Term Paper: Transnational Feminism

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Transnational Feminism

Women's Culture-

This work will use the quote: "Culture...consists in the way analogies are drawn between things, in the way certain thoughts are used to think others" as a focal point or a beginning in making a connection between Shohat's argument that globalization...just be seen as part of the much longer history of colonialism in which Europe attempted to submit the world to a single 'universal' regime of truth and global institutional power' and the sexualization of female bodies in popular culture in order to analyze gendered politics of power that position women differently than men in relation narratives of progress, development, the modern, social evolution and their opposing narratives (i.e. primitive, underdeveloped, backward uncivilized, caught in a timeless past).

Introduction

The feminist agenda has changed a great deal since the earlier days of its existence with the agenda of gaining voting rights for women. The world has become more complex and more dangerous particularly for women and especially in cultures that accept and even expect domestic violence toward women. Colonialism's agenda and the agenda of the drivers behind globalization are not that much different but there is a difference in that women have acknowledged and recognized that there has to be a better more effective method than those utilized in the past by feminists pushing for a change.

The Feminist Agenda: Transnational Feminism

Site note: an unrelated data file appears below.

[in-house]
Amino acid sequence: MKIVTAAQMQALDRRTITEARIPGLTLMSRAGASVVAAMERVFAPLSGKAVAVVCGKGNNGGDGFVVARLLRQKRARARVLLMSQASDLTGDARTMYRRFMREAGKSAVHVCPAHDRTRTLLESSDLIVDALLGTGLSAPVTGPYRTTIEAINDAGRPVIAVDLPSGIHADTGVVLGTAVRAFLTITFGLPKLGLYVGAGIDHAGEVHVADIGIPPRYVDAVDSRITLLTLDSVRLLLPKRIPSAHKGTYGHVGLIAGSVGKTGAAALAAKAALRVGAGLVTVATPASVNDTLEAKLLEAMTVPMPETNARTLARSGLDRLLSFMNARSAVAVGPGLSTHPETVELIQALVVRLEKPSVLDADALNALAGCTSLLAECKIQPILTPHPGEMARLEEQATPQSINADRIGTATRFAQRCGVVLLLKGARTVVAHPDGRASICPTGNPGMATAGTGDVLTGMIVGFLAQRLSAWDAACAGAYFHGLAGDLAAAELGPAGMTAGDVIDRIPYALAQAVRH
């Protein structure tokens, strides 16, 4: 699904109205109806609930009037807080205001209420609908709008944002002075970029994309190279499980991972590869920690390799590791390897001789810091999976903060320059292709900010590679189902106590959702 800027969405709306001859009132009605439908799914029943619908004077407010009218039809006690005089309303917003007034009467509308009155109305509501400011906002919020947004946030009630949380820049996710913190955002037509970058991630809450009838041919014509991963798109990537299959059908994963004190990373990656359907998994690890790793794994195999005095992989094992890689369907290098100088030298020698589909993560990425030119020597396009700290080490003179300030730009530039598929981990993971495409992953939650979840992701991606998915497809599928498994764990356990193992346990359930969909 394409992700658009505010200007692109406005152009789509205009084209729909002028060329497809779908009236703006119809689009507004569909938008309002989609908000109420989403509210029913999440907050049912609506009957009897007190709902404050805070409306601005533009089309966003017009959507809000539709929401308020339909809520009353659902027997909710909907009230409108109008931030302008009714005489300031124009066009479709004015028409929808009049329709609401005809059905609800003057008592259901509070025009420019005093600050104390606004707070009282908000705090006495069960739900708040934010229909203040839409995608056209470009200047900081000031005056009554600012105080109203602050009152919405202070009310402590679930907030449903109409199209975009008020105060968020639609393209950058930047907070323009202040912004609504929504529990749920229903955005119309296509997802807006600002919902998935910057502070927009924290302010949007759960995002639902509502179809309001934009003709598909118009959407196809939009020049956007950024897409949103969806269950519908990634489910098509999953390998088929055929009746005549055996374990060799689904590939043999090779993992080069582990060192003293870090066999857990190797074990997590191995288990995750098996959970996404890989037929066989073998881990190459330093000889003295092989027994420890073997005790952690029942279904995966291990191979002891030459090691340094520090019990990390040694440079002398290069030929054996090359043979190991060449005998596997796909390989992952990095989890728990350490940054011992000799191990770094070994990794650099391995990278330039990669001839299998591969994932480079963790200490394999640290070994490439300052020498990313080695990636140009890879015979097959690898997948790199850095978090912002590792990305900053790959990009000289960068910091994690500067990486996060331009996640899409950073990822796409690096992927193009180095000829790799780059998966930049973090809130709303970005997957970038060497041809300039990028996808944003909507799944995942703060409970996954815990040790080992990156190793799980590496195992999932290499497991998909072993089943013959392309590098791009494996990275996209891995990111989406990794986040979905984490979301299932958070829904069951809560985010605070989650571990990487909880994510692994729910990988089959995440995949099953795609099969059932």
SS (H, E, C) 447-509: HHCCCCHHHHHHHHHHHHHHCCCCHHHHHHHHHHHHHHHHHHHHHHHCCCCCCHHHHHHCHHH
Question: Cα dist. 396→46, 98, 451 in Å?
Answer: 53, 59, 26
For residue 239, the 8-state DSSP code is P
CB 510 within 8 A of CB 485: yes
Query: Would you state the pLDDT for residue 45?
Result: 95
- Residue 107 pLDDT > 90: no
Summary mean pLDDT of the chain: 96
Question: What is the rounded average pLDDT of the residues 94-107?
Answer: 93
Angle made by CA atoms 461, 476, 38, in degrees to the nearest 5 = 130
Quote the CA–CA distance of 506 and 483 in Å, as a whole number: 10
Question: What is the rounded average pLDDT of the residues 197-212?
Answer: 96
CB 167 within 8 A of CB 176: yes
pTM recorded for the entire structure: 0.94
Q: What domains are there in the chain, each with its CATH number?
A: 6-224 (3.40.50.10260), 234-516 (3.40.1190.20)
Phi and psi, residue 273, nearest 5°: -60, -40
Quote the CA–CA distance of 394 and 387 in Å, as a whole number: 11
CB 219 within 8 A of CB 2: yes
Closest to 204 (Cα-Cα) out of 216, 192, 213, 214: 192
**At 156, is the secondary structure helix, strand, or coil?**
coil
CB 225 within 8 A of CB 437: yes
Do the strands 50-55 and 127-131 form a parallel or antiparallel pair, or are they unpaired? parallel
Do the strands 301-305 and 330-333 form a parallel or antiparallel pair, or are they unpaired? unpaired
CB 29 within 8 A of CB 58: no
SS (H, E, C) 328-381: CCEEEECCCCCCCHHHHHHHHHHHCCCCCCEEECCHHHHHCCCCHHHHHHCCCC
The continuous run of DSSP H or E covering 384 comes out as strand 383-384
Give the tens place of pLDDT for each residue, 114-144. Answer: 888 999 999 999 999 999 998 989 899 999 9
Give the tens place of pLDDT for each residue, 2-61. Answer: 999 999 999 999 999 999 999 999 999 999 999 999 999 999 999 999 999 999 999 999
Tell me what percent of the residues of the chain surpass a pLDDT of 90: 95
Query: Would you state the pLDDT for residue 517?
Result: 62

In a work in writing that addresses the agenda of the transnational feminist against war the author Bachetta et al. (2001) states that the first thing that must be done in reaching the goals set forth that first the thorough analysis of the "gendered and racialized effects of nationalism" must be addressed. Brenner writes that "Capitalist Globalization has had a profound yet contradictory impact on women's lives and on the possibilities for contesting male domination in both the core and periphery of the world capitalist system." And she states that "women's life conditions are in many respects growing worse." Brenner points out the fact that even though women in mass numbers are "not only mounting challenges in their own countries but are participating in a global feminist movement that is capable of affecting the policies of transnational organizations such as the UN [United Nations] and [EU] European Union" that working in 'Counterbalancing these developments, women and children, even more than men are victimized by global capitalist restructuring." (Brenner, 2000) It is also important to note Brenner's observation that the organizations that have traditionally supported women's causes "have emerged to defend women of the working class and the rural and urban poor" only to "find themselves caught in a contradictory field of power relations defined by three contesting forces: National States; Religious Fundamentalist Movements; and The Global centers managing the neo-liberal agenda." (Brenner, 2000)